The late William C. Turner was one of those intrepid pioneers who were the forerunners of our present-day civilization in California. He was born in Caswell County, North Carolina, on February 14, 1827, and in 1849, with a party of 150 men, all on the hunt for the gold to be found in the new Eldorado, left Greene County to take the northern route; but upon hearing that cholera was prevalent along that route, they turned south and with their ox-teams and wagons began the long trek that was to occupy six months. Their trip was without incident, and to relieve the monotony of the days they would organize hunting parties and go after buffalo, bear, deer, antelope, and elk, which were plentiful on the plains. Among the men of their party, to Mr. Turner was given the credit for killing the first buffalo. Upon reaching Los Banos, N. M., they traded their oxen for pack-mules and employed two guides to pilot them through the mountains to Salt Lake. En route they ran out of provisions and most of the party stopped at Utah Lake while the advance guard went on to get provisions from the Mormons. When they reached Salt Lake, September 15, they were told by the Mormons that it was too late to cross the Sierra Nevada’s, on account of the snow; but the party, under the guidance of James Waters, reached Los Angeles without mishap. They traveled through Cajon Pass up to Tulare Lake, and crossing the various streams reached Fort Miller. Resting for a few days, they then continued on to Fine Gold Gulch and did some prospecting, and then went on to Mariposa County. Large bands of elk were found in the San Joaquin Valley; and while one of their party was following one of these bands, he got lost in a heavy fog and wandered about for eighteen days. He was found in a hollow log on the Merced River, with his feet so badly frost-bitten that he lost some of his toes. He was taken to a New York company camped on the river, and later went back to Alabama without trying his luck at mining.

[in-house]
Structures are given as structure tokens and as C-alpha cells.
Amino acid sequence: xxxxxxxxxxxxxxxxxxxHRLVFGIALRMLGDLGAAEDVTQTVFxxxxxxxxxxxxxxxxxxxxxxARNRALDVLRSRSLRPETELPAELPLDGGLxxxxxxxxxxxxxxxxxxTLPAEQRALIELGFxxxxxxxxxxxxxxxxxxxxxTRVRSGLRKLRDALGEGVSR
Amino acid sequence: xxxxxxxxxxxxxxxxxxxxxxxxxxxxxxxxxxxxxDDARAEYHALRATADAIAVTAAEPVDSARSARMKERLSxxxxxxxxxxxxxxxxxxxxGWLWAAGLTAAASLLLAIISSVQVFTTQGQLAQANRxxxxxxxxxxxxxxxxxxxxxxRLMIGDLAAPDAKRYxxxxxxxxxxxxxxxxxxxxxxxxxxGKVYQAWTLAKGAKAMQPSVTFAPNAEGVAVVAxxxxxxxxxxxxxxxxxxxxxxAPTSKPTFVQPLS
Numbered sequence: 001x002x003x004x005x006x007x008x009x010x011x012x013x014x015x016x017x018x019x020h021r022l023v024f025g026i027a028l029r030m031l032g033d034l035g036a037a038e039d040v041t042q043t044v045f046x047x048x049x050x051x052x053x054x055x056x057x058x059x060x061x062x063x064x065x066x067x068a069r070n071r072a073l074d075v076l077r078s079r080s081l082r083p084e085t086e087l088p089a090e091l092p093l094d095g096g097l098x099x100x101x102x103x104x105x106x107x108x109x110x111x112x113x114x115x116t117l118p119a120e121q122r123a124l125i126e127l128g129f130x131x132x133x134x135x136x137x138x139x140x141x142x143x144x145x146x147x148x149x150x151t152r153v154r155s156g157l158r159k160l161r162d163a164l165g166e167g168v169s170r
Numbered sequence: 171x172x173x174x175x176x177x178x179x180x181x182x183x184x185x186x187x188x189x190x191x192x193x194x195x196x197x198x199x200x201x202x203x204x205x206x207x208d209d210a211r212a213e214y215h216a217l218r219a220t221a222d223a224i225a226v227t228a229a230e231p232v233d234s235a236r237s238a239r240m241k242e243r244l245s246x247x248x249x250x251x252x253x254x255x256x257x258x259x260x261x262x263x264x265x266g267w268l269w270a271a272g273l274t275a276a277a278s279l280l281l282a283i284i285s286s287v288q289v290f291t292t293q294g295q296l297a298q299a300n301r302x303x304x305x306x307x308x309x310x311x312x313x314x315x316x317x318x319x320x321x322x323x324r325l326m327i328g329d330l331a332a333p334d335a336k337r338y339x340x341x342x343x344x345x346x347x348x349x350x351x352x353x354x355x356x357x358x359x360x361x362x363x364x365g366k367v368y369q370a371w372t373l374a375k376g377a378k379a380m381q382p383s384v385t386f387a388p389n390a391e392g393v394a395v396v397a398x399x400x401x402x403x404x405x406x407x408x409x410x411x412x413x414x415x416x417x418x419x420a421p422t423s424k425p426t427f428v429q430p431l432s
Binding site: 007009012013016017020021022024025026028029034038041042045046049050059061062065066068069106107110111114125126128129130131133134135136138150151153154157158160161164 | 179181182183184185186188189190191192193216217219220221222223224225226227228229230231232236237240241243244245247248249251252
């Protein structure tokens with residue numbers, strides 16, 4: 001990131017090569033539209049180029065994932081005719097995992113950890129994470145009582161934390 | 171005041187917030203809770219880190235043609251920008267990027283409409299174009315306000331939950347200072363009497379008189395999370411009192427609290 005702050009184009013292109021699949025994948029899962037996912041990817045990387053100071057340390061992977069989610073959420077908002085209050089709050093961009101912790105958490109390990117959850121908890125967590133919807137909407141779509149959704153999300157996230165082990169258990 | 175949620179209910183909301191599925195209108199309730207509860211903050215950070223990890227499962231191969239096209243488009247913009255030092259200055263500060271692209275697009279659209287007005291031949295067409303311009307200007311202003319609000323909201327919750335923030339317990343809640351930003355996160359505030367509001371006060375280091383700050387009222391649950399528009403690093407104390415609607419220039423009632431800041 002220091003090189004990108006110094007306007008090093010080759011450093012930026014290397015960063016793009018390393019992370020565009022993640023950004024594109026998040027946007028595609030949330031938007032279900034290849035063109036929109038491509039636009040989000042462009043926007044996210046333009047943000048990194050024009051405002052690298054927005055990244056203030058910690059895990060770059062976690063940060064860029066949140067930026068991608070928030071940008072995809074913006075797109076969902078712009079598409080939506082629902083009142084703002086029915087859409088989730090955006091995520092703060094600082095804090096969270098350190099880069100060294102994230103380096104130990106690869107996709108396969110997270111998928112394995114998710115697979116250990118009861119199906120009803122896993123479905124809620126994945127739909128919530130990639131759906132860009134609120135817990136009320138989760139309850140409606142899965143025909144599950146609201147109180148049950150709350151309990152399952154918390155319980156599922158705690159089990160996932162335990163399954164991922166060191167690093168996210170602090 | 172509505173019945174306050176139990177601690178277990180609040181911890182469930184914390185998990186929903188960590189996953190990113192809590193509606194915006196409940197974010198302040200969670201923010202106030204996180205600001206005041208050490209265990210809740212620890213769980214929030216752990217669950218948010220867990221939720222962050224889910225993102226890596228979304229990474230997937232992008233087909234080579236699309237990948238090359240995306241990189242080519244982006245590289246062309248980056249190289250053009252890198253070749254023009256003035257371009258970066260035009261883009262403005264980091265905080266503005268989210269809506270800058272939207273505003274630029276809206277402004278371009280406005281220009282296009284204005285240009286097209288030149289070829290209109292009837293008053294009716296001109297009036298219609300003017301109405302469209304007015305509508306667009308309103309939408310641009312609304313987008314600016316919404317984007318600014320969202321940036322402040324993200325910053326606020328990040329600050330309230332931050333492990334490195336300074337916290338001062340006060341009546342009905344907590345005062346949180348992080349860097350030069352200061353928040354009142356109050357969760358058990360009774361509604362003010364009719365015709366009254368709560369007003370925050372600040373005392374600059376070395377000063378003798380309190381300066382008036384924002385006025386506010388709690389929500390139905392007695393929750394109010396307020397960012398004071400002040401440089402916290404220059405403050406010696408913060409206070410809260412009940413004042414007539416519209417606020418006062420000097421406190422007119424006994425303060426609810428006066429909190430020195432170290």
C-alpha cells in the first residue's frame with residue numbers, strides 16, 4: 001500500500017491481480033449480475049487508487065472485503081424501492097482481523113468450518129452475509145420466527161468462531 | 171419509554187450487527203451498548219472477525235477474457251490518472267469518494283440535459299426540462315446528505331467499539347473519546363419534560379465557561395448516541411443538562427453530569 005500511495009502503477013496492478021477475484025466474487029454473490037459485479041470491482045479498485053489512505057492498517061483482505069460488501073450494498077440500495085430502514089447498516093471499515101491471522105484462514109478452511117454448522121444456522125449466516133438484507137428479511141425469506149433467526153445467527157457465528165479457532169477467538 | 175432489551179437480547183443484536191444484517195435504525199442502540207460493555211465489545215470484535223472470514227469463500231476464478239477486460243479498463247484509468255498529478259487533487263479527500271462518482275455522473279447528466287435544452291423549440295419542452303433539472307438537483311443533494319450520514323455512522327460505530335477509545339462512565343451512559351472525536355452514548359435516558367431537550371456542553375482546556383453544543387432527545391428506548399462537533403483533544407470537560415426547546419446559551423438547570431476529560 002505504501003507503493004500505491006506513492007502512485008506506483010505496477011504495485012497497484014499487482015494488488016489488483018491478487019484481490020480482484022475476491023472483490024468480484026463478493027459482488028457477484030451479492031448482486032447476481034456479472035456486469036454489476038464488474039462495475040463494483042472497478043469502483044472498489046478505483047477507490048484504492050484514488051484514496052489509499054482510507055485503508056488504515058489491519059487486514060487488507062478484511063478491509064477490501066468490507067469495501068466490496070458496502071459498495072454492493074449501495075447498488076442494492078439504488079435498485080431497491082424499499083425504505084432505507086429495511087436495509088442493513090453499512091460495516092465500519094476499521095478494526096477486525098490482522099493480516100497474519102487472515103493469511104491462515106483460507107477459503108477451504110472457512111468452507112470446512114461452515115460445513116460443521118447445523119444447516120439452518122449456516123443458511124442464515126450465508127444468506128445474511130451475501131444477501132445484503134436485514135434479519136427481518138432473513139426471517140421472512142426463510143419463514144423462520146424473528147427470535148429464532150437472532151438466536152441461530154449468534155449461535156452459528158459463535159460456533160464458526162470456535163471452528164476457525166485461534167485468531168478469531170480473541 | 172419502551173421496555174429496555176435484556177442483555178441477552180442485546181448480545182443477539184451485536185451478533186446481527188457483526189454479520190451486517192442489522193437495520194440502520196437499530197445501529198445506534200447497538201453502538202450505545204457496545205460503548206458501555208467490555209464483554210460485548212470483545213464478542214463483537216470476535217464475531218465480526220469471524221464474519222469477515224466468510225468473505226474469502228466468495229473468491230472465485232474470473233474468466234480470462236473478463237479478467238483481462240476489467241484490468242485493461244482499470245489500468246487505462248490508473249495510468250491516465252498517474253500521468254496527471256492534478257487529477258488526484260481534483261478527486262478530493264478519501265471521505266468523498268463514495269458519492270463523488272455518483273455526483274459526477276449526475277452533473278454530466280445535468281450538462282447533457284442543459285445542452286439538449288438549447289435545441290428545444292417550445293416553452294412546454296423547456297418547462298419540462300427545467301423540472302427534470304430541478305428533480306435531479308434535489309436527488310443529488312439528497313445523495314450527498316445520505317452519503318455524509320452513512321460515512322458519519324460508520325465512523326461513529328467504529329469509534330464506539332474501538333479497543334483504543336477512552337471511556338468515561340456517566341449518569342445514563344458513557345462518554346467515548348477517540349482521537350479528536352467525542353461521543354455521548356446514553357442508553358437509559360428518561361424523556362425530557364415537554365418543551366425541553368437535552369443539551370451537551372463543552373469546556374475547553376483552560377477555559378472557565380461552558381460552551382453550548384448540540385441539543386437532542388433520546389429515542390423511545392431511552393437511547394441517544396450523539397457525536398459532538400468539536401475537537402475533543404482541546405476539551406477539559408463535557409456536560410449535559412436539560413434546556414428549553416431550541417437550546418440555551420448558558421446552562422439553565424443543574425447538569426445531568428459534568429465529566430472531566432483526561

Mr. Turner reached the Mariposa mines on December 8, 1849, and began operating on Sherlock’s Creek. Having brought sheet-iron with them, they made what the miners called a cradle and from the dirt obtained gold very rapidly, some days taking out as high as fourteen ounces. He remained in Mariposa County until 1852, when he came onto the Merced River and began farming and stock-raising; ‘and that same year he reaped a good crop. In time he accumulated 2500 acres of land, with water facilities for shipping, and later the railroad came within eight miles of his place. His house was located on an eminence that commanded a fine view for miles around the valley. Here he set out a fine family orchard and a vineyard, all of which grew on the fine sandy loam without irrigation. His average yield was twelve bushels of wheat to the acre; and he kept about 1000 head of cattle and some 1200 head of hogs, and 100 head of horses and mules to operate his ranch.
On one occasion, it is related, Mr. Turner, while teaming into the mountains, secured a large grizzly bear, which he hauled to Stockton from near Jamestown. He built a strong log cabin or corral on his wagon, into which he got the bear, and with a ten-horse team hauled it to Stockton. During the journey the grizzly became very hot and angry and nearly tore the cabin to pieces; but the bear was landed safely in Stockton, where for years it was an exhibit in one of the parks.
About 1860, Mr. Turner was married to Miss Elizabeth Walling, who was born in New Madrid County, Mo. They had ten children. William E. was a superintendent for Miller & Lux for twenty years, and was a prominent stockman of Merced County. He married Ella Rucker and died in 1923. Mary E. married Capt. W. W. Gray, formerly a supervisor of Merced County. She is deceased. John Archibald is mentioned on another page of this history; Harriet E. is the widow of John Breckenridge, and resides in Santa Cruz; Thomas C. is also mentioned in this history; Mrs. Lucinda Barson lives in San Francisco; Mrs. Diana Henderson lives in Berkeley; Virginia died in Santa Cruz; and Eva and Evy both died in early childhood. Mr. Turner died at the age of sixty-four, on February 14, 1892; Mrs. Turner lived until February, 1922.
The life story of Mr. Turner is one of great interest; for the pioneers are practically all gone, and with them the stories of their trials and tribulations, as well as their jubilations. He was always optimistic and public-spirited, and their home always dispensed that particular kind of hospitality which is only to be found in the homes of the pioneers who have lived for others as well as for themselves.
Source: Outcalt, John. A history of Merced County, California : with a biographical review of the leading men and women of the county who have been identified with its growth and development from the early days to the present; Los Angeles, Calif. : Historic Record Company, 1925.